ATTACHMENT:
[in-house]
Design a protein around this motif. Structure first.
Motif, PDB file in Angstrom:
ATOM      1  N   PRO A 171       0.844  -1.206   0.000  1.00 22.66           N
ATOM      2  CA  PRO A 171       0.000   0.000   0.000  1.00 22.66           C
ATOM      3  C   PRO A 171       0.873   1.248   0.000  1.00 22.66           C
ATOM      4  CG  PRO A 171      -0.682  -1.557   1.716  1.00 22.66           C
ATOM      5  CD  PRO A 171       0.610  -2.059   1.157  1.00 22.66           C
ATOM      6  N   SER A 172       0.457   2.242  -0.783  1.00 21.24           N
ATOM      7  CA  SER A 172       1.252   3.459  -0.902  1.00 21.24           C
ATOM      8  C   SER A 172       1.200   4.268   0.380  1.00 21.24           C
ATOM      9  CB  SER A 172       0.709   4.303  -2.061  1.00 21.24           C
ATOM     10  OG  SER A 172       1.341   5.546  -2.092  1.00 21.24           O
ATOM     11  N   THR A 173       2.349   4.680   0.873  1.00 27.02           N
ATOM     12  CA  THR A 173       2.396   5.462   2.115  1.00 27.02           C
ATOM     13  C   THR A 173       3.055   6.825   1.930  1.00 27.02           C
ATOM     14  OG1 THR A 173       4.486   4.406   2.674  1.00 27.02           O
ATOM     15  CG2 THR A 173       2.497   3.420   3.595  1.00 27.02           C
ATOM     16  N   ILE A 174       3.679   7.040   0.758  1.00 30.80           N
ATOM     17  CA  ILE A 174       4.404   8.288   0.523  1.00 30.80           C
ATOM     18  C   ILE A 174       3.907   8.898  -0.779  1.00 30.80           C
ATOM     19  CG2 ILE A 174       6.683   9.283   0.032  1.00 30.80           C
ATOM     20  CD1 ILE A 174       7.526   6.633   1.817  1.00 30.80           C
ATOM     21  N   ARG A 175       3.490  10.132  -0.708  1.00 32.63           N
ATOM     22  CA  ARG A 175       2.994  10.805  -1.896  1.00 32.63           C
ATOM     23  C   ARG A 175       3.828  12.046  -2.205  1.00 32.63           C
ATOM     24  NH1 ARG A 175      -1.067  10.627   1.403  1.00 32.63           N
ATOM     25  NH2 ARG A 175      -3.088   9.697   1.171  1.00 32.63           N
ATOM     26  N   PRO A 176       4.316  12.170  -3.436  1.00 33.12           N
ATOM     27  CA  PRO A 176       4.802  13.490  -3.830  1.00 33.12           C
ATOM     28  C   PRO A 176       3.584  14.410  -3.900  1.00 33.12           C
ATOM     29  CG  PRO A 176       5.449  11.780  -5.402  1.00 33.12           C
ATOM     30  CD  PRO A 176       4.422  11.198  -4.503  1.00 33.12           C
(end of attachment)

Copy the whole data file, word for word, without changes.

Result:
[in-house]
Design a protein around this motif. Structure first.
Motif, PDB file in Angstrom:
ATOM      1  N   PRO A 171       0.844  -1.206   0.000  1.00 22.66           N
ATOM      2  CA  PRO A 171       0.000   0.000   0.000  1.00 22.66           C
ATOM      3  C   PRO A 171       0.873   1.248   0.000  1.00 22.66           C
ATOM      4  CG  PRO A 171      -0.682  -1.557   1.716  1.00 22.66           C
ATOM      5  CD  PRO A 171       0.610  -2.059   1.157  1.00 22.66           C
ATOM      6  N   SER A 172       0.457   2.242  -0.783  1.00 21.24           N
ATOM      7  CA  SER A 172       1.252   3.459  -0.902  1.00 21.24           C
ATOM      8  C   SER A 172       1.200   4.268   0.380  1.00 21.24           C
ATOM      9  CB  SER A 172       0.709   4.303  -2.061  1.00 21.24           C
ATOM     10  OG  SER A 172       1.341   5.546  -2.092  1.00 21.24           O
ATOM     11  N   THR A 173       2.349   4.680   0.873  1.00 27.02           N
ATOM     12  CA  THR A 173       2.396   5.462   2.115  1.00 27.02           C
ATOM     13  C   THR A 173       3.055   6.825   1.930  1.00 27.02           C
ATOM     14  OG1 THR A 173       4.486   4.406   2.674  1.00 27.02           O
ATOM     15  CG2 THR A 173       2.497   3.420   3.595  1.00 27.02           C
ATOM     16  N   ILE A 174       3.679   7.040   0.758  1.00 30.80           N
ATOM     17  CA  ILE A 174       4.404   8.288   0.523  1.00 30.80           C
ATOM     18  C   ILE A 174       3.907   8.898  -0.779  1.00 30.80           C
ATOM     19  CG2 ILE A 174       6.683   9.283   0.032  1.00 30.80           C
ATOM     20  CD1 ILE A 174       7.526   6.633   1.817  1.00 30.80           C
ATOM     21  N   ARG A 175       3.490  10.132  -0.708  1.00 32.63           N
ATOM     22  CA  ARG A 175       2.994  10.805  -1.896  1.00 32.63           C
ATOM     23  C   ARG A 175       3.828  12.046  -2.205  1.00 32.63           C
ATOM     24  NH1 ARG A 175      -1.067  10.627   1.403  1.00 32.63           N
ATOM     25  NH2 ARG A 175      -3.088   9.697   1.171  1.00 32.63           N
ATOM     26  N   PRO A 176       4.316  12.170  -3.436  1.00 33.12           N
ATOM     27  CA  PRO A 176       4.802  13.490  -3.830  1.00 33.12           C
ATOM     28  C   PRO A 176       3.584  14.410  -3.900  1.00 33.12           C
ATOM     29  CG  PRO A 176       5.449  11.780  -5.402  1.00 33.12           C
ATOM     30  CD  PRO A 176       4.422  11.198  -4.503  1.00 33.12           C